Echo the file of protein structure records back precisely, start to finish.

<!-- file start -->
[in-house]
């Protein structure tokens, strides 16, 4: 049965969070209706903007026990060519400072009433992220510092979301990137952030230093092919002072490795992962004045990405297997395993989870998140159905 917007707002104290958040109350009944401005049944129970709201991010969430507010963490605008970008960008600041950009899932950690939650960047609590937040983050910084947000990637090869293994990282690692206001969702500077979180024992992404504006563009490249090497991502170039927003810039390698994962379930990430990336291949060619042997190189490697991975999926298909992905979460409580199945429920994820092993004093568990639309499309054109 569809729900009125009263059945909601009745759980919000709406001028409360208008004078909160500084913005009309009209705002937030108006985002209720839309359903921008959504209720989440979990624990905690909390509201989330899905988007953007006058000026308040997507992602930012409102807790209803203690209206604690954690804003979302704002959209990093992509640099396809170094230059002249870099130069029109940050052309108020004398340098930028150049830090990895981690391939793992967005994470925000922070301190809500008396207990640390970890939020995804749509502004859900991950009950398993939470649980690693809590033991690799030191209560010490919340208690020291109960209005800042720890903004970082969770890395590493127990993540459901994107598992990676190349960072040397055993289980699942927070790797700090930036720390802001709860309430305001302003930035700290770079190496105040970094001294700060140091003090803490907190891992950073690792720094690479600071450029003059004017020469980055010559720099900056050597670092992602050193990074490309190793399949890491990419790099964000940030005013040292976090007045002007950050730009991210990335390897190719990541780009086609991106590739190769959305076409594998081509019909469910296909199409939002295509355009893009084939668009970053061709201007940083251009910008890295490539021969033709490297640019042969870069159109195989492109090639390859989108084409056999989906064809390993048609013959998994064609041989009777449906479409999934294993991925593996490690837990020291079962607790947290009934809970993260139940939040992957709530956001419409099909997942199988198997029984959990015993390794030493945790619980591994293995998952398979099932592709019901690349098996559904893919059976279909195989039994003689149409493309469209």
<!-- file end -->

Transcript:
[in-house]
């Protein structure tokens, strides 16, 4: 049965969070209706903007026990060519400072009433992220510092979301990137952030230093092919002072490795992962004045990405297997395993989870998140159905 917007707002104290958040109350009944401005049944129970709201991010969430507010963490605008970008960008600041950009899932950690939650960047609590937040983050910084947000990637090869293994990282690692206001969702500077979180024992992404504006563009490249090497991502170039927003810039390698994962379930990430990336291949060619042997190189490697991975999926298909992905979460409580199945429920994820092993004093568990639309499309054109 569809729900009125009263059945909601009745759980919000709406001028409360208008004078909160500084913005009309009209705002937030108006985002209720839309359903921008959504209720989440979990624990905690909390509201989330899905988007953007006058000026308040997507992602930012409102807790209803203690209206604690954690804003979302704002959209990093992509640099396809170094230059002249870099130069029109940050052309108020004398340098930028150049830090990895981690391939793992967005994470925000922070301190809500008396207990640390970890939020995804749509502004859900991950009950398993939470649980690693809590033991690799030191209560010490919340208690020291109960209005800042720890903004970082969770890395590493127990993540459901994107598992990676190349960072040397055993289980699942927070790797700090930036720390802001709860309430305001302003930035700290770079190496105040970094001294700060140091003090803490907190891992950073690792720094690479600071450029003059004017020469980055010559720099900056050597670092992602050193990074490309190793399949890491990419790099964000940030005013040292976090007045002007950050730009991210990335390897190719990541780009086609991106590739190769959305076409594998081509019909469910296909199409939002295509355009893009084939668009970053061709201007940083251009910008890295490539021969033709490297640019042969870069159109195989492109090639390859989108084409056999989906064809390993048609013959998994064609041989009777449906479409999934294993991925593996490690837990020291079962607790947290009934809970993260139940939040992957709530956001419409099909997942199988198997029984959990015993390794030493945790619980591994293995998952398979099932592709019901690349098996559904893919059976279909195989039994003689149409493309469209």